It is a truly revolutionary moment in our affairs. For two years now we have seen the development of an unparalleled political and constitutional crisis for our country. It has precipitated the fall of one Government and contributed last year to the failure of another to get any sort of coherent mandate for carrying out Brexit. It divides friends, families, generations and political parties and has ended twenty-five years of broad political consensus as to how our economy and international relationships should be managed. I keep on noticing at Westminster that the size of the challenge it poses has induced a mixture of paralysis, hysteria and avoidance from politicians of all hues. There is a marked reluctance to engage honestly with the issues or to express openly opinions as to the best way forward. And, as I have to admit of myself, what constitutes the best choice for our country in the circumstances in which we find ourselves is very difficult to discern with certainty. It is possible for entirely reasonable people to disagree. So tonight provides me at the least with an opportunity to unburden myself of my own thoughts on where we are and what we should do in going forward. We might then have a discussion which may be helpful in shaping what ought to come next.
The Causes of Brexit
I don’t want to get too bogged down in the causes of the referendum result of June 2016, but some analysis of them is necessary if we are to see our present challenges clearly.
The result was undoubtedly the product of the coming together of multiple grievances amongst sections of the public. In voting to leave, the majority, repeating the mantra of “taking back control”, was making some form of demand of the Government and Parliament for a change in direction for the United Kingdom, particularly in respect of our participation in building supra-national legal frameworks. It was also a demand concerning what is expected of our unwritten constitution which has become heavily entwined with those supra-national frameworks the UK has helped to build.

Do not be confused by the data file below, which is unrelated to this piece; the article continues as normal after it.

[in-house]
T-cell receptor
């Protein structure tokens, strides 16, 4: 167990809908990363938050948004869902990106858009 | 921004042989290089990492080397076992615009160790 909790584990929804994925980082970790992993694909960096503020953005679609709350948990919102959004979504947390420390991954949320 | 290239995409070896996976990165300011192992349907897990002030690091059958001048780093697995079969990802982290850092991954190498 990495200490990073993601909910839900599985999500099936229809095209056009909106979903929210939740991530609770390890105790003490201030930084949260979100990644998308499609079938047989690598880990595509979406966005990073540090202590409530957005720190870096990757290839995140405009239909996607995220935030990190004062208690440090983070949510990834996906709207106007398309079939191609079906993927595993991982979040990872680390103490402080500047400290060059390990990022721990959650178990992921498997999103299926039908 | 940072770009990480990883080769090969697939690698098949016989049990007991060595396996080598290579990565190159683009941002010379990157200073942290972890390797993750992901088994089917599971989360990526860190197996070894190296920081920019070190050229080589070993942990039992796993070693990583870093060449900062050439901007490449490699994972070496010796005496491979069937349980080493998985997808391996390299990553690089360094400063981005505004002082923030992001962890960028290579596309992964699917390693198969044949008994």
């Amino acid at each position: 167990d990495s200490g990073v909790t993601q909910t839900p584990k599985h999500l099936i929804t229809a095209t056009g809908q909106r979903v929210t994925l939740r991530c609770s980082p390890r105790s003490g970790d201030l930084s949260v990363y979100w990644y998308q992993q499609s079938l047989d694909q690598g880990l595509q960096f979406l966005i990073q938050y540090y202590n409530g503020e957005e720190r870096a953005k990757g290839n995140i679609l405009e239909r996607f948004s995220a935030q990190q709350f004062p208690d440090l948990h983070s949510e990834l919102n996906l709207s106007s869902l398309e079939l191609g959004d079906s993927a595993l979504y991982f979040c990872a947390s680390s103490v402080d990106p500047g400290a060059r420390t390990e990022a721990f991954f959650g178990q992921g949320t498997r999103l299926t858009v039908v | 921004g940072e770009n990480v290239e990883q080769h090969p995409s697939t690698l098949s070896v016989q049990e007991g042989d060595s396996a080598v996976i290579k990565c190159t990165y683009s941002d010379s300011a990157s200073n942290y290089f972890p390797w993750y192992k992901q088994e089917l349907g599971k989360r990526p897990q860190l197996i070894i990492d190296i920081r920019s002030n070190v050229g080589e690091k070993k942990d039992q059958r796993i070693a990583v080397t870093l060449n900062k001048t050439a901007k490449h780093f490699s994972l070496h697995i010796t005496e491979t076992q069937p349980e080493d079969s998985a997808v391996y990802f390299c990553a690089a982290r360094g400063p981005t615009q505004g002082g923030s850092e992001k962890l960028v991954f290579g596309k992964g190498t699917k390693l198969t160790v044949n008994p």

Doubtless immigration played the key role, in that EU membership has, through the existence of freedom of movement, acted as a driver to population growth and a consequent pace of demographic change that left many feeling uncomfortable, as I can see from my constituency correspondence.
But, just as importantly, the EU’s reputation as an economically successful entity, able to secure its external borders and deliver on its own slogan of being an area of “area of freedom, security and justice” (see the Lisbon Treaty preamble) has been called into question. The problems resulting from the creation of the Euro and its impact on the weaker economies that were admitted to it, the financial crisis of 2008 and its economic consequences, the disorderly nature of the influx from outside its borders of desperate millions of refugees and economic migrants prompted by war and poverty and environmental crises in the Middle East and sub Saharan Africa have seriously undermined its reputation as an agent of stability. It has also made attractive the idea that trade agreements outside of the EU might be more desirable than within it, seeing that between 2009 and 2014 the average annual growth in the Eurozone was -0.2% compared to +5.2% in emerging markets as a whole. As we can see from the rise in populist governments in countries such as Hungary, Austria and Italy and the political dynamics now at play in many others, this malaise is not confined to our country.